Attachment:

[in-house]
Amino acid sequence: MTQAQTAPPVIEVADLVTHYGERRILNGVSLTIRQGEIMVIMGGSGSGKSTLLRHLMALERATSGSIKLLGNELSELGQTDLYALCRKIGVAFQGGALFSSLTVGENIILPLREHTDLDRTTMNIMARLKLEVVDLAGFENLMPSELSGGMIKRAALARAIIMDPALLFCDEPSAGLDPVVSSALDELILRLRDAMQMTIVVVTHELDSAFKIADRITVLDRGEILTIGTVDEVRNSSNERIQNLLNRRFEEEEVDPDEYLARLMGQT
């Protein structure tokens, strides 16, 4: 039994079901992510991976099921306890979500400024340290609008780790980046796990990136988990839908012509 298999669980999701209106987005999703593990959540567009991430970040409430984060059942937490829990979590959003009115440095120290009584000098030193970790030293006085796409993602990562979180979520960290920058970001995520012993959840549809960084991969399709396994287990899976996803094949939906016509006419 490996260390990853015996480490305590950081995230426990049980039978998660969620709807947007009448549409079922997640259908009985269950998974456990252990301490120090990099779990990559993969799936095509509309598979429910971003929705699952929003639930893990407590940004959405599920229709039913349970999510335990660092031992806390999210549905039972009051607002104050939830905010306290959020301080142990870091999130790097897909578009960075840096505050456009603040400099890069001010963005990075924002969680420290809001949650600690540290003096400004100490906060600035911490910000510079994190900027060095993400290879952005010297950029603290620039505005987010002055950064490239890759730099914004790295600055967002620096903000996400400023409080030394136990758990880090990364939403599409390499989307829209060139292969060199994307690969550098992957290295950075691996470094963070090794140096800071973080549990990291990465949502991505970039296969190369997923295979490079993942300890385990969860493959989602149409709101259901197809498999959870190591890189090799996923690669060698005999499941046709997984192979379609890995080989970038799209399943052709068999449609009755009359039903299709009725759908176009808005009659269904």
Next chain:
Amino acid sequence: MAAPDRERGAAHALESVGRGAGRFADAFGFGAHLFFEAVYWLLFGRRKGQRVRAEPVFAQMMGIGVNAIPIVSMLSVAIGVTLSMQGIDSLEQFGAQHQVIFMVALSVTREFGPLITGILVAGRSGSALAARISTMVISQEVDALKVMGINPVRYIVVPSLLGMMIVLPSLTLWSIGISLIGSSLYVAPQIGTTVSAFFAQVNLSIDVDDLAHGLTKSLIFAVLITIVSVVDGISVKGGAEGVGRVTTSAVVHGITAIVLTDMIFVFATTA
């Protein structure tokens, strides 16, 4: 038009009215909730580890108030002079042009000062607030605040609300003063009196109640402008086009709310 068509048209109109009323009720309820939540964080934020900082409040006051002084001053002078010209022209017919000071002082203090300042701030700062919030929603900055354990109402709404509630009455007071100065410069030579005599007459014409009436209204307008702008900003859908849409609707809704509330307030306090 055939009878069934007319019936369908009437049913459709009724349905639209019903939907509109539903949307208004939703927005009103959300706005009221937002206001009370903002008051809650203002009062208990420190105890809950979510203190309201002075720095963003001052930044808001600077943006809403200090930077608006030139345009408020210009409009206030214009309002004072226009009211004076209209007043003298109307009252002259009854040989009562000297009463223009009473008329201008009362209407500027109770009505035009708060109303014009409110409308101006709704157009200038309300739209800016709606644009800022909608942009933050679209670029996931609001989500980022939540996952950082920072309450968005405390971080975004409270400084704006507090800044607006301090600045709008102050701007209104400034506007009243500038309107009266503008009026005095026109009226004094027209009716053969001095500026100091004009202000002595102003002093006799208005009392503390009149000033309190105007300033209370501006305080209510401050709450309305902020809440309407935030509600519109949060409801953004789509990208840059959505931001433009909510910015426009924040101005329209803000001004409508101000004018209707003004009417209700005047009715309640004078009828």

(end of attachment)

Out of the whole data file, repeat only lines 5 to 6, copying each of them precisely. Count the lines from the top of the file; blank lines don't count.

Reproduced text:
Amino acid sequence: MAAPDRERGAAHALESVGRGAGRFADAFGFGAHLFFEAVYWLLFGRRKGQRVRAEPVFAQMMGIGVNAIPIVSMLSVAIGVTLSMQGIDSLEQFGAQHQVIFMVALSVTREFGPLITGILVAGRSGSALAARISTMVISQEVDALKVMGINPVRYIVVPSLLGMMIVLPSLTLWSIGISLIGSSLYVAPQIGTTVSAFFAQVNLSIDVDDLAHGLTKSLIFAVLITIVSVVDGISVKGGAEGVGRVTTSAVVHGITAIVLTDMIFVFATTA
């Protein structure tokens, strides 16, 4: 038009009215909730580890108030002079042009000062607030605040609300003063009196109640402008086009709310 068509048209109109009323009720309820939540964080934020900082409040006051002084001053002078010209022209017919000071002082203090300042701030700062919030929603900055354990109402709404509630009455007071100065410069030579005599007459014409009436209204307008702008900003859908849409609707809704509330307030306090 055939009878069934007319019936369908009437049913459709009724349905639209019903939907509109539903949307208004939703927005009103959300706005009221937002206001009370903002008051809650203002009062208990420190105890809950979510203190309201002075720095963003001052930044808001600077943006809403200090930077608006030139345009408020210009409009206030214009309002004072226009009211004076209209007043003298109307009252002259009854040989009562000297009463223009009473008329201008009362209407500027109770009505035009708060109303014009409110409308101006709704157009200038309300739209800016709606644009800022909608942009933050679209670029996931609001989500980022939540996952950082920072309450968005405390971080975004409270400084704006507090800044607006301090600045709008102050701007209104400034506007009243500038309107009266503008009026005095026109009226004094027209009716053969001095500026100091004009202000002595102003002093006799208005009392503390009149000033309190105007300033209370501006305080209510401050709450309305902020809440309407935030509600519109949060409801953004789509990208840059959505931001433009909510910015426009924040101005329209803000001004409508101000004018209707003004009417209700005047009715309640004078009828």